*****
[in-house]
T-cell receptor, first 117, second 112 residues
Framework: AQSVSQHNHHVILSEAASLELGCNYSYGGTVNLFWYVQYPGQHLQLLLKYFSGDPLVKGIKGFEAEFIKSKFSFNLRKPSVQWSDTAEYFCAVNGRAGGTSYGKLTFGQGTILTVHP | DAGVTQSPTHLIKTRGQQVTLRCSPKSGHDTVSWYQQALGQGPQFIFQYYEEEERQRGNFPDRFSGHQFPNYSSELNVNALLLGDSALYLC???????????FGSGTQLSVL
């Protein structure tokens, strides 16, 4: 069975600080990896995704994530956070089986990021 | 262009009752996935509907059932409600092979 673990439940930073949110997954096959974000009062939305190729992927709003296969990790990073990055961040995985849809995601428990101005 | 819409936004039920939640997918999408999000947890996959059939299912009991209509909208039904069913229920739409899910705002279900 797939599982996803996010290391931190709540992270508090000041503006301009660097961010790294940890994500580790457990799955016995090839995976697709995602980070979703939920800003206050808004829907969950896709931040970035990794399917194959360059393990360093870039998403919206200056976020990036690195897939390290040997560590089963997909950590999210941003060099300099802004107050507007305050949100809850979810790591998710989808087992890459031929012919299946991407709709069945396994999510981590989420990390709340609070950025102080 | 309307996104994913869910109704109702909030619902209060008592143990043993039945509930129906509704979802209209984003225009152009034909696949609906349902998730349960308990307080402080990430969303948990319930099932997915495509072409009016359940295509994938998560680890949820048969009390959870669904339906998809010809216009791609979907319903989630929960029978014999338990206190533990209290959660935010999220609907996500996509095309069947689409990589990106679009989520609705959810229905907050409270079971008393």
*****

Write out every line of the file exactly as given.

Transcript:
[in-house]
T-cell receptor, first 117, second 112 residues
Framework: AQSVSQHNHHVILSEAASLELGCNYSYGGTVNLFWYVQYPGQHLQLLLKYFSGDPLVKGIKGFEAEFIKSKFSFNLRKPSVQWSDTAEYFCAVNGRAGGTSYGKLTFGQGTILTVHP | DAGVTQSPTHLIKTRGQQVTLRCSPKSGHDTVSWYQQALGQGPQFIFQYYEEEERQRGNFPDRFSGHQFPNYSSELNVNALLLGDSALYLC???????????FGSGTQLSVL
């Protein structure tokens, strides 16, 4: 069975600080990896995704994530956070089986990021 | 262009009752996935509907059932409600092979 673990439940930073949110997954096959974000009062939305190729992927709003296969990790990073990055961040995985849809995601428990101005 | 819409936004039920939640997918999408999000947890996959059939299912009991209509909208039904069913229920739409899910705002279900 797939599982996803996010290391931190709540992270508090000041503006301009660097961010790294940890994500580790457990799955016995090839995976697709995602980070979703939920800003206050808004829907969950896709931040970035990794399917194959360059393990360093870039998403919206200056976020990036690195897939390290040997560590089963997909950590999210941003060099300099802004107050507007305050949100809850979810790591998710989808087992890459031929012919299946991407709709069945396994999510981590989420990390709340609070950025102080 | 309307996104994913869910109704109702909030619902209060008592143990043993039945509930129906509704979802209209984003225009152009034909696949609906349902998730349960308990307080402080990430969303948990319930099932997915495509072409009016359940295509994938998560680890949820048969009390959870669904339906998809010809216009791609979907319903989630929960029978014999338990206190533990209290959660935010999220609907996500996509095309069947689409990589990106679009989520609705959810229905907050409270079971008393």